This volume provides a contextual account of Pakistan's constitutional laws and history. It aims to describe the formal structure of government in reference to origins that are traced to the administrative centralisation and legal innovations of colonial rule. It also situates the tide of Muslim nationalism that gave rise to the nation of Pakistan within a terrain of nascent constitutionalism and its associated promises of representation.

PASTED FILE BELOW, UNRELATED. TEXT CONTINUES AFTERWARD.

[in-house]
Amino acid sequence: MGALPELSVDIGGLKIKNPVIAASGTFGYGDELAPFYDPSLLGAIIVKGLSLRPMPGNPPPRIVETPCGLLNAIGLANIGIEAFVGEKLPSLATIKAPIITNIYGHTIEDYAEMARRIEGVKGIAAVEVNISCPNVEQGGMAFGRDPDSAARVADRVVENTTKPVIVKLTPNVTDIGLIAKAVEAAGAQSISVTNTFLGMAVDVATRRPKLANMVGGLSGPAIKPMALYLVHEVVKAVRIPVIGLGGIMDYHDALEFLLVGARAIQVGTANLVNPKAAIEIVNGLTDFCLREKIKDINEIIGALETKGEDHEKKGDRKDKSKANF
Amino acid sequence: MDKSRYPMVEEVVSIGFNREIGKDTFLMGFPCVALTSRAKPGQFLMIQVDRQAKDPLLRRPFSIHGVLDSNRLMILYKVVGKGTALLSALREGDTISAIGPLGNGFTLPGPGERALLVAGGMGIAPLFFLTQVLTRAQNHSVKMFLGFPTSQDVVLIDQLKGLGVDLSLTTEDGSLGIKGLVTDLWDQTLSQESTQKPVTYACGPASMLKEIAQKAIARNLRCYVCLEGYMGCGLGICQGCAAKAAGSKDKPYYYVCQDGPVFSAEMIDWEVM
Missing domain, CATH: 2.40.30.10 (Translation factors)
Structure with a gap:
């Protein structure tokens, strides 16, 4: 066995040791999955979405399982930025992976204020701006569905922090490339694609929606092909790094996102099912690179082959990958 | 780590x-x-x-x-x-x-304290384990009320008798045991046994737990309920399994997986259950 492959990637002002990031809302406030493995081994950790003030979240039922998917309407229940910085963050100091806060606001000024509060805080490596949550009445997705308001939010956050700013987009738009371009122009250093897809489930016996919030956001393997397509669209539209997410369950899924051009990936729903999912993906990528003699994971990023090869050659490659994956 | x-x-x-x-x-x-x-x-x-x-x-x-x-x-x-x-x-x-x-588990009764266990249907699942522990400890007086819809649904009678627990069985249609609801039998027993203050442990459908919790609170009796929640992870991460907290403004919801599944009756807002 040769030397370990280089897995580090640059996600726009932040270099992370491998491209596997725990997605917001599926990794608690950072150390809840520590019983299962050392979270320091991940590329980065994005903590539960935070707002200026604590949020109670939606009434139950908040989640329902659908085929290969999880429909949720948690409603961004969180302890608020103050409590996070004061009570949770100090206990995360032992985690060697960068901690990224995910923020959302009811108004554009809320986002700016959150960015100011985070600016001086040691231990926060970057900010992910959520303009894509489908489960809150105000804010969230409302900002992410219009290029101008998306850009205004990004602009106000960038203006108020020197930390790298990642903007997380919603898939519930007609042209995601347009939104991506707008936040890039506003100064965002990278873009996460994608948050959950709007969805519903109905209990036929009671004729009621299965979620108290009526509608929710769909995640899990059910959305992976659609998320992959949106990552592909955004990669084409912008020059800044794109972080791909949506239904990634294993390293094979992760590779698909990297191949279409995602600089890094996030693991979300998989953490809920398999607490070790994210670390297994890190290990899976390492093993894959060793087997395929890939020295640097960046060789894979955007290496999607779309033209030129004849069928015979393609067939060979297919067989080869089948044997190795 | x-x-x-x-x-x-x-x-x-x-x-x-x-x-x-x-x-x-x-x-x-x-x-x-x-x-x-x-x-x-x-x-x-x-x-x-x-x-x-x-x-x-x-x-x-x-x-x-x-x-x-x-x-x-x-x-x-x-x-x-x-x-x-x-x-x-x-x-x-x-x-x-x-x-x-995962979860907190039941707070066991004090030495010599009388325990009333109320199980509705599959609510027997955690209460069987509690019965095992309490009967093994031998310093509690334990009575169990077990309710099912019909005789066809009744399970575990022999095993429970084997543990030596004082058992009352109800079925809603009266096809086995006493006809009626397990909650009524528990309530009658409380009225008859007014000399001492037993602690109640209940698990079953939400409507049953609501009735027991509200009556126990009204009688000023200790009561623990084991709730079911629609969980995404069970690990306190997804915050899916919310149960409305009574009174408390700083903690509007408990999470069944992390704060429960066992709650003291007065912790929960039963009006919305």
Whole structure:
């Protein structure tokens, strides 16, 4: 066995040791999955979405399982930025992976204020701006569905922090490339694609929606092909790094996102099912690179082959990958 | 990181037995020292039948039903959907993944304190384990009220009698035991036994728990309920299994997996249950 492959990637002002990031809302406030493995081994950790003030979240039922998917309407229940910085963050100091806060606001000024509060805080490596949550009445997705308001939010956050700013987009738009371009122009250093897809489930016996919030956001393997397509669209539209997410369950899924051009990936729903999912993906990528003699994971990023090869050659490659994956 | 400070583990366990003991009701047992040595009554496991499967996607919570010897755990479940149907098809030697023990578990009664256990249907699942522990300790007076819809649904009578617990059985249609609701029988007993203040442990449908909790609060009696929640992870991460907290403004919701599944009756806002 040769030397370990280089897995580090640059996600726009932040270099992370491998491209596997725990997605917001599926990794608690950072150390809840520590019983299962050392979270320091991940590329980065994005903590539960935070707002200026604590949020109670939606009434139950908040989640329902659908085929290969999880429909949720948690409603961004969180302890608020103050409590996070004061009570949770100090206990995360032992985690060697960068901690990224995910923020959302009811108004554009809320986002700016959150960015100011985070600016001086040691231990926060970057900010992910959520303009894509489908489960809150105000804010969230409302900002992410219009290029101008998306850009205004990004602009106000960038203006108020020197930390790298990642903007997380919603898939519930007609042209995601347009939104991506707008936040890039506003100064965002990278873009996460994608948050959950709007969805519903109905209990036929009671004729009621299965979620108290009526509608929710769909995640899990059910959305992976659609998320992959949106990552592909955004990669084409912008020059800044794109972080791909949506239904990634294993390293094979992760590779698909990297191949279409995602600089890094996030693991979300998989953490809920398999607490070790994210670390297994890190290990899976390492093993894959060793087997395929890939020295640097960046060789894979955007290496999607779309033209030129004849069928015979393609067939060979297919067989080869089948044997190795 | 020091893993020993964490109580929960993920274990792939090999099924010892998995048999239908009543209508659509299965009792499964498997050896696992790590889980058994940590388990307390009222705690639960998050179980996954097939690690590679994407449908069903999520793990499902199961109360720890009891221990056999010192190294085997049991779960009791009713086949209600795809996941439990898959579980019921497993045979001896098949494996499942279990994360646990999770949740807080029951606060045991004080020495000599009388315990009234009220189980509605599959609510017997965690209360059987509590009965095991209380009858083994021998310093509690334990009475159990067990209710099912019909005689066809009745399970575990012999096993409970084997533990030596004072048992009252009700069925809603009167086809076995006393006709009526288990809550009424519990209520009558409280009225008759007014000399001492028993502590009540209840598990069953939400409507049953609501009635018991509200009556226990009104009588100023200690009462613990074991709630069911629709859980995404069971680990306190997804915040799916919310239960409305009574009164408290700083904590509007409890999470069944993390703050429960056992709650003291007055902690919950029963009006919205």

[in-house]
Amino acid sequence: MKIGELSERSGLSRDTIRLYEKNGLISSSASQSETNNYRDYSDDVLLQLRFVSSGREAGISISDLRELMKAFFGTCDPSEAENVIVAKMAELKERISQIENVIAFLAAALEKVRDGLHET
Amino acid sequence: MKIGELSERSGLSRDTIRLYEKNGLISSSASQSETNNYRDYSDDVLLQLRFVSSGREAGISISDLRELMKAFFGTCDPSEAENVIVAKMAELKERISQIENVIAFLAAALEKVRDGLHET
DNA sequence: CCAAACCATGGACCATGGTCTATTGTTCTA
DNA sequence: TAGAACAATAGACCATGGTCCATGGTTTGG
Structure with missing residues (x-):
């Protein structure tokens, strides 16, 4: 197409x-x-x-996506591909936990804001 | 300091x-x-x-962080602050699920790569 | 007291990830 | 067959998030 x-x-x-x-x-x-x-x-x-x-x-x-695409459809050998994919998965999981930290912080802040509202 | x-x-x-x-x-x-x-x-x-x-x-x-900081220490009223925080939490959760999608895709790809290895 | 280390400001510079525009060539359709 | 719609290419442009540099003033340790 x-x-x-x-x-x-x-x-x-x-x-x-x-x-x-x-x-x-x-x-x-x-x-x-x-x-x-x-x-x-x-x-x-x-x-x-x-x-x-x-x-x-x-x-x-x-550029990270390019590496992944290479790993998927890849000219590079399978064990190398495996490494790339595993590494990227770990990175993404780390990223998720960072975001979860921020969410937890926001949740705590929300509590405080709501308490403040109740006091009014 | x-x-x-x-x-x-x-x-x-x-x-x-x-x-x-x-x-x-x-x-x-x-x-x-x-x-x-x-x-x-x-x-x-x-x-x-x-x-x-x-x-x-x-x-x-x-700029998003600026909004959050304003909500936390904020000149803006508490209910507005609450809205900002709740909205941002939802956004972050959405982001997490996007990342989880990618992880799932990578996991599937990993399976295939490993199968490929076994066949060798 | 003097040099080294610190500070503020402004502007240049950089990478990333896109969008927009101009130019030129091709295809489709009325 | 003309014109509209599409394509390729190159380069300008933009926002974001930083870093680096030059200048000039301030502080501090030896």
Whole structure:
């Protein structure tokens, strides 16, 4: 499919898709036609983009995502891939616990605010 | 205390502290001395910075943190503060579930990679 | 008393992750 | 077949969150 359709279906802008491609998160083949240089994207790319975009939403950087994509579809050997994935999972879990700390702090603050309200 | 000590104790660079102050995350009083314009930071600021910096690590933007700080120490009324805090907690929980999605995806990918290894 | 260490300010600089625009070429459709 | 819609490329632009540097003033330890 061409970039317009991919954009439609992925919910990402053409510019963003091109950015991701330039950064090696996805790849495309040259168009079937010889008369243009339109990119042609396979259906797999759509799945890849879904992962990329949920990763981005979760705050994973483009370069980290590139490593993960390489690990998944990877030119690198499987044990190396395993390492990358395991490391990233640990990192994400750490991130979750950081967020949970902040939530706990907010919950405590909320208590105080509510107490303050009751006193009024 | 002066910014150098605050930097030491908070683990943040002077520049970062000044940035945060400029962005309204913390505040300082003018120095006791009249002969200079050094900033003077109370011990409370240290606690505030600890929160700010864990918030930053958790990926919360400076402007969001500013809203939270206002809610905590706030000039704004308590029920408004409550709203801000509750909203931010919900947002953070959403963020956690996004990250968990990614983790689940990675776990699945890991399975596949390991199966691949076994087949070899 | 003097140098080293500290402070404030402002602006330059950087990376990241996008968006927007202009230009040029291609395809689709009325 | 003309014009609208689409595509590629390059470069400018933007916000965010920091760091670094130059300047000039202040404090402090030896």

The post-colonial history of the Pakistani state is charted by reference to succeeding constitutions and the distribution of powers between the major branches of government that they augured. Where conventional histories often suggest that constitutionalism in Pakistan is to be solely understood by reference to a cycle of abidance and rupture, and in the oscillation between military and civilian rule, this volume also accounts for the many points of continuity between regime types. The contours of a broader constitutionalism come to light in the ways in which state power is wielded at different periods and in the range of contests – economic, political and cultural – through which some of this power is sought to be dispersed. Chapters on Rights, Federalism and Islam detail the contextual features of some of these contests and the normative, legal parameters through which they are provisionally settled.